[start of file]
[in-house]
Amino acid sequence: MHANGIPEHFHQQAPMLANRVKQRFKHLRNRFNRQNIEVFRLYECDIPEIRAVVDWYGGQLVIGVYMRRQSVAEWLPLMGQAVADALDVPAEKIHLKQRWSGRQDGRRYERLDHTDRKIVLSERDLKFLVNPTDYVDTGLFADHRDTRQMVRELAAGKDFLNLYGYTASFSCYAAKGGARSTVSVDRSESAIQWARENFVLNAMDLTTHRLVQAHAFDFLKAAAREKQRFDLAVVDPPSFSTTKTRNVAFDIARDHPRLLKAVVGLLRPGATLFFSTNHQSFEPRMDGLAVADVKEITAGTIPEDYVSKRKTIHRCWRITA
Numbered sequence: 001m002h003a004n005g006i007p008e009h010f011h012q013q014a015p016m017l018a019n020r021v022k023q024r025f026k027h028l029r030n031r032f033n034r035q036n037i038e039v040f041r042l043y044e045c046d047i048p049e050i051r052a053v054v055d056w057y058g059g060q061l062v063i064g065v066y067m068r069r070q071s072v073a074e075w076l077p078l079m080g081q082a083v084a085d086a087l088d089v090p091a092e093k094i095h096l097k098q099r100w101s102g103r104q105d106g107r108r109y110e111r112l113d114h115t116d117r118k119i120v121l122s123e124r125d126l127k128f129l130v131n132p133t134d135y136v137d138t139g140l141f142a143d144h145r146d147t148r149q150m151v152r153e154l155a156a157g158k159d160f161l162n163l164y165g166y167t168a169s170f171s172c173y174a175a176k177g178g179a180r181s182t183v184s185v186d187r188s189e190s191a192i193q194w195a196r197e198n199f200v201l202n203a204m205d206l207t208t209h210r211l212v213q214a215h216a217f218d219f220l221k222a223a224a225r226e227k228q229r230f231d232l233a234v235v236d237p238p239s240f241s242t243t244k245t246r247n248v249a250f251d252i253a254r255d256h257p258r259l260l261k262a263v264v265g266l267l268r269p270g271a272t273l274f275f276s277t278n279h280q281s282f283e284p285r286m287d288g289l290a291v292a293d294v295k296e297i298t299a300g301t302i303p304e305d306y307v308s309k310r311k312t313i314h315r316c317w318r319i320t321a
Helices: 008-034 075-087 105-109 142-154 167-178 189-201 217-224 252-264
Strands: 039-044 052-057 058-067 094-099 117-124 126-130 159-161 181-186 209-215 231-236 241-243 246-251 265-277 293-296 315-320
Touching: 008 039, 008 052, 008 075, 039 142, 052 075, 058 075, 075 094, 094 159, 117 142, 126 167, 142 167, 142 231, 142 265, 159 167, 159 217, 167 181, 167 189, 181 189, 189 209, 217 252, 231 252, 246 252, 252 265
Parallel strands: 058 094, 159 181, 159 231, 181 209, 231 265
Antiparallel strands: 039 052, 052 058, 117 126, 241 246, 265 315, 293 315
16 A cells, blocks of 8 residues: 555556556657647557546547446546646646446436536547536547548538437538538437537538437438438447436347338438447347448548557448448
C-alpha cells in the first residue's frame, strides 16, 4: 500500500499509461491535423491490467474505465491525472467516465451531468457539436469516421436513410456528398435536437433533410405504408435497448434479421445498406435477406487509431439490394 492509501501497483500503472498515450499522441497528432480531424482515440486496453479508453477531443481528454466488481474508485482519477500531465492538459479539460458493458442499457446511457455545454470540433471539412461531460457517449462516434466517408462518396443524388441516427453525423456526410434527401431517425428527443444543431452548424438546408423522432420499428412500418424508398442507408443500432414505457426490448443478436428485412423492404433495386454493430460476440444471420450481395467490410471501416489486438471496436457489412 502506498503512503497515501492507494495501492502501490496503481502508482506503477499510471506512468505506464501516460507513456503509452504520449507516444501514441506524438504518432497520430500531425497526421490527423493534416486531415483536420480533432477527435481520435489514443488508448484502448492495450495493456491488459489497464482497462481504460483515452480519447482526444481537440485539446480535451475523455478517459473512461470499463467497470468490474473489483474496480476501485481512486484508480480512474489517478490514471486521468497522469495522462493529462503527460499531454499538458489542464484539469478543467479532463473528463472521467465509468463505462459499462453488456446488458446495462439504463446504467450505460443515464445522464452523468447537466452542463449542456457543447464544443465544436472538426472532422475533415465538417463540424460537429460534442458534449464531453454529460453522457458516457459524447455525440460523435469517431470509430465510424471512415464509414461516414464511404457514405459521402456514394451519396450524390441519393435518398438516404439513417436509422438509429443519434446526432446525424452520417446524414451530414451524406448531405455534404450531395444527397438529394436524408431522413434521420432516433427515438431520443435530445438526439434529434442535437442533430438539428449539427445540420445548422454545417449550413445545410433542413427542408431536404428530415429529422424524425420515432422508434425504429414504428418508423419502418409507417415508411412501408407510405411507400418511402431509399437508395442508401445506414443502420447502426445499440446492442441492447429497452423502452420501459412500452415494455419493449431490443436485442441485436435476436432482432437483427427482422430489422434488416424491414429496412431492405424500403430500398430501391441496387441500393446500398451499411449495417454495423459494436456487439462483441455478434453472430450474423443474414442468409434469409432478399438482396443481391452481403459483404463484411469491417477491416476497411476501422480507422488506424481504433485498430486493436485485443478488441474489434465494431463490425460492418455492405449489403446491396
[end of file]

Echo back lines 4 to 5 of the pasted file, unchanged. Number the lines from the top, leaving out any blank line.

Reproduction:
Helices: 008-034 075-087 105-109 142-154 167-178 189-201 217-224 252-264
Strands: 039-044 052-057 058-067 094-099 117-124 126-130 159-161 181-186 209-215 231-236 241-243 246-251 265-277 293-296 315-320